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Author: Gideon Smith
Popular 'architectural plants', aloes are widely used in gardens across the country, and there is growing interest in their medicinal and commercial uses. In an introductory chapter, the author touches on aloe identification, their conservation status, growing and gardening with aloes and cosmetic and medicinal uses.
Fifty species are described, each containing detailed information on plant characteristics, flower colour, distribution and notes on planting. Each species account is accompanied by a distribution map and a colour photograph for easy identification.
This beginners' guide to aloes is part of a series of first field guides for young people or for those with a budding interest in any of the 22 topics covered across the series.
Professor Gideon F. Smith is the Chief Director of Research and Scientific Services at the National Botanical Institute and holds the John Acocks professorial chair at the University of Pretoria.
In addition to over 450 scientific papers, chapters in books and semi-scientific papers, he has authored or co-authored more than 20 books, among them: Guide to the Aloes of South Africa, List of Southern African Succulent Plants, Mesembs of the World, Succulents of South Africa, First Field Guide to the Aloes of South Africa, First Field Guide to the Grasses of South Africa and Regions of Floristic Endemism in Southern Africa. Professor Smith is an avid gardener and has created succulent plant gardens in the Eastern Cape, Free Sate, North-West Province and in Gauteng.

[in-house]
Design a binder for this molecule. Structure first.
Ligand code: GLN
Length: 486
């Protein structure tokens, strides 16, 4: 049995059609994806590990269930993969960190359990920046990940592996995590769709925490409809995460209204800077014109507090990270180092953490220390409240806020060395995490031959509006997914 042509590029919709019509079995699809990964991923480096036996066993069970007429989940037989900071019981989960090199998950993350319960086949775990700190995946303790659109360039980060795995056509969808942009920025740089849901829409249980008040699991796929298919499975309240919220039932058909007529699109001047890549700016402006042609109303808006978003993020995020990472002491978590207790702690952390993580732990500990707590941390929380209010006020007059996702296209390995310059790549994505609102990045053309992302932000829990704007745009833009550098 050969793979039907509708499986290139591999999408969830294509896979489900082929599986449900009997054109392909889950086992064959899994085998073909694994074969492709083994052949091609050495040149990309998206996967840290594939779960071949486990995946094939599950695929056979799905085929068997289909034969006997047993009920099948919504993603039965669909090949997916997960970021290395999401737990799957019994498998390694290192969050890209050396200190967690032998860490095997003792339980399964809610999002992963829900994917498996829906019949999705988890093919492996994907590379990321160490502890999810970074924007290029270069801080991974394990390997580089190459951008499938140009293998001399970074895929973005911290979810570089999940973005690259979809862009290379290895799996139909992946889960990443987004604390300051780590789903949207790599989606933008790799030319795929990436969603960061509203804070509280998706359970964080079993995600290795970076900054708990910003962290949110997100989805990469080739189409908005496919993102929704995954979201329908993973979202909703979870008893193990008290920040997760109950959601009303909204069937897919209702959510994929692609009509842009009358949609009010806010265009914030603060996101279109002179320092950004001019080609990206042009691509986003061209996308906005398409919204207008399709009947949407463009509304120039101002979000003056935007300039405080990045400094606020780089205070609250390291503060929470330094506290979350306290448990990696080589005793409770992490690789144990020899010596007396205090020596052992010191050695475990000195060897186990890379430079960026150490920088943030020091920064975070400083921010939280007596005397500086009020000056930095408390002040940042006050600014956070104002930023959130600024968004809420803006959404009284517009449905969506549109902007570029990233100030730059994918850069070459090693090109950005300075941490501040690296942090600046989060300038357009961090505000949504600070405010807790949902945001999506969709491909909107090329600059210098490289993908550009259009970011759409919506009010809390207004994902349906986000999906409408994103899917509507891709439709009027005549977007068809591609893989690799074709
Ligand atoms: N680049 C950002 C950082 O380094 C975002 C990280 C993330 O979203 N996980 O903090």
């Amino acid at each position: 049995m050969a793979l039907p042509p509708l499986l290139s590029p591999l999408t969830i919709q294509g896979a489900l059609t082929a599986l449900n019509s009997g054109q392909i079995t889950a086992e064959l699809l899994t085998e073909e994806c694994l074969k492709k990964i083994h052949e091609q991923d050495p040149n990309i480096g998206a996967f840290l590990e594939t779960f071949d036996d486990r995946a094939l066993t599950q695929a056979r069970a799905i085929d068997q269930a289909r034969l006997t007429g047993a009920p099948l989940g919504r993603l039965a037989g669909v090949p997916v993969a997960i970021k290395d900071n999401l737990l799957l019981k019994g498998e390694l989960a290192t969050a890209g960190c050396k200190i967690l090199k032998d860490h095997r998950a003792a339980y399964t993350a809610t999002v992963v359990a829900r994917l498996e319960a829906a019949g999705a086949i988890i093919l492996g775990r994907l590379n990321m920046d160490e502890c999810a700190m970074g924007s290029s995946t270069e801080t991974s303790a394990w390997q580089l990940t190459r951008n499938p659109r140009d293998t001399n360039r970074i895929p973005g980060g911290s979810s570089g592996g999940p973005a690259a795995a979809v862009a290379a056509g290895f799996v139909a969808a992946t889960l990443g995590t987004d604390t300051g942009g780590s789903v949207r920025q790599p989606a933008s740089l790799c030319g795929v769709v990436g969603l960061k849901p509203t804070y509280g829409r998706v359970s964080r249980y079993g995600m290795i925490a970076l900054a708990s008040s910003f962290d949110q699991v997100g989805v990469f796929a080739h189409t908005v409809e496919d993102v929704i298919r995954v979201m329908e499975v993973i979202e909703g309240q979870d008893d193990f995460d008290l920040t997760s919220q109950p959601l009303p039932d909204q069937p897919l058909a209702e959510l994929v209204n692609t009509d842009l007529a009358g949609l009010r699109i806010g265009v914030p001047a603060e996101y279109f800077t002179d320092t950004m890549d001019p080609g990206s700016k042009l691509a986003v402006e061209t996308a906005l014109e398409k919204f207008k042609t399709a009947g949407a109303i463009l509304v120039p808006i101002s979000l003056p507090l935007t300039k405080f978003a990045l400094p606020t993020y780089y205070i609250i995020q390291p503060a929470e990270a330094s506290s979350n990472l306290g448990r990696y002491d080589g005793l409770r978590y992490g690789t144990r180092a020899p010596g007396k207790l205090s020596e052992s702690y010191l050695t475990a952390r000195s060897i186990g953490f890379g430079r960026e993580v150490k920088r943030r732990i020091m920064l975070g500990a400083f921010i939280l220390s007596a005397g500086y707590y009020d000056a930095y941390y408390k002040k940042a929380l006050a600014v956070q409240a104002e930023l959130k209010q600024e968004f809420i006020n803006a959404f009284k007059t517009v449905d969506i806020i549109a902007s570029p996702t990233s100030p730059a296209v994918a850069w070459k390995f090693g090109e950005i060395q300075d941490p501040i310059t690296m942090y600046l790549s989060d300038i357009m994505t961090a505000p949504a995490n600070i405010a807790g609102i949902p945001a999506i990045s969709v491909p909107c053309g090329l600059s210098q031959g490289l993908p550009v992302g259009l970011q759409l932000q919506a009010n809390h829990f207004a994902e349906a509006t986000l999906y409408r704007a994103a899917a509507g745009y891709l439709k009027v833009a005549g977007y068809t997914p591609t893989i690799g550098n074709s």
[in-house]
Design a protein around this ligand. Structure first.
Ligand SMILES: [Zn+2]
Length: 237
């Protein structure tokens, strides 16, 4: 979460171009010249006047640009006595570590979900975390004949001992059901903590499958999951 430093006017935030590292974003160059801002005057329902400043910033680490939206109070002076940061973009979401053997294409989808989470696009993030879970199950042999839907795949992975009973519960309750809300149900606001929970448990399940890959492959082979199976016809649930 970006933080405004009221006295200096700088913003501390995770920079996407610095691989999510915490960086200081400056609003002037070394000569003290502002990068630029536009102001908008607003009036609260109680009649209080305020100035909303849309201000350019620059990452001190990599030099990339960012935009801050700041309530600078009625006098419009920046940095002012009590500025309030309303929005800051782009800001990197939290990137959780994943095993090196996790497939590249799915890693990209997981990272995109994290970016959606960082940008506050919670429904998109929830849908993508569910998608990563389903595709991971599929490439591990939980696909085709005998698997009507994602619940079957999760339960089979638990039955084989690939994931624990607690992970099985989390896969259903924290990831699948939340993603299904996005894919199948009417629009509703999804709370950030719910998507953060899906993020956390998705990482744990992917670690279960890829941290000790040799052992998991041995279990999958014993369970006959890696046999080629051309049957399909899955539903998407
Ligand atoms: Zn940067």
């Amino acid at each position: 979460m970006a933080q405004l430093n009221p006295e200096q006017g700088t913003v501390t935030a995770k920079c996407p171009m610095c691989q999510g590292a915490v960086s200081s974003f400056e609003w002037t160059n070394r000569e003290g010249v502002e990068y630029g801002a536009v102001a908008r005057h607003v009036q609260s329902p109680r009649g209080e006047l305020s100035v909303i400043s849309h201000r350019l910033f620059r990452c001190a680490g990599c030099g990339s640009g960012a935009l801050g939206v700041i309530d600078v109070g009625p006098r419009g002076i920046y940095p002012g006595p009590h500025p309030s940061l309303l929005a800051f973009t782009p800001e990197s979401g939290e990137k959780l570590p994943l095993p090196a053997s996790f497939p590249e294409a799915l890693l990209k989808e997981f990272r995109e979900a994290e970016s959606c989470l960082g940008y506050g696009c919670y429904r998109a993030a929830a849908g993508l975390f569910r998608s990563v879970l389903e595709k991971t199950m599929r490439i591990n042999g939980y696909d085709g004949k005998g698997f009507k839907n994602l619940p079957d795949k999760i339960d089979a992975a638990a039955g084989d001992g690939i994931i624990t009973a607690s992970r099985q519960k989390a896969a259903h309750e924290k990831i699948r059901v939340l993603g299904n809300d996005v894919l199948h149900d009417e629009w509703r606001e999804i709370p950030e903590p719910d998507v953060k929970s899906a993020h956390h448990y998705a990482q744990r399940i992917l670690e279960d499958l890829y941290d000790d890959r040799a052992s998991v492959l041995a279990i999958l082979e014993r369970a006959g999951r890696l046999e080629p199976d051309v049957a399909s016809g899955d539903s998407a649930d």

Characteristics: Plants can be variable in all characters. Leaf colour varies tremendously, from bluish grey to a bright, light green. These multi-headed shrubs range from dainty to robust. The small or large rosettes are borne at the ends of medium-sized branches that are usually clothed in the remains of dead leaves. The narrow leaves are of medium length and are adorned with short, usually whitish or greenish teeth. The conical inflorescences, which have one or two branches, are borne near the tips of the rosettes. Individual flowers have a very neat appearance.
Flower colour: Orange, red, pinkish or yellow flowers. Flowering time: Predominantly early to late winter, but some forms will flower in summer.
Distribution: The species has a wide distribution range, stretching from Cape Point in a continuous range eastwards, through to KwaZulu-Natal and Mpumalanga. It also occurs further afield in Zimbabwe and Malawi.
Notes: This must rate as one of the most useful aloes for gardening and landscaping. It grows very well in almost any situation, and the flowering period can be extended considerably if forms from various parts of its distribution range are grown. As a result of its variability, one can create a garden consisting entirely of the numerous forms of Aloe arborescens.
Aloe aculeata 10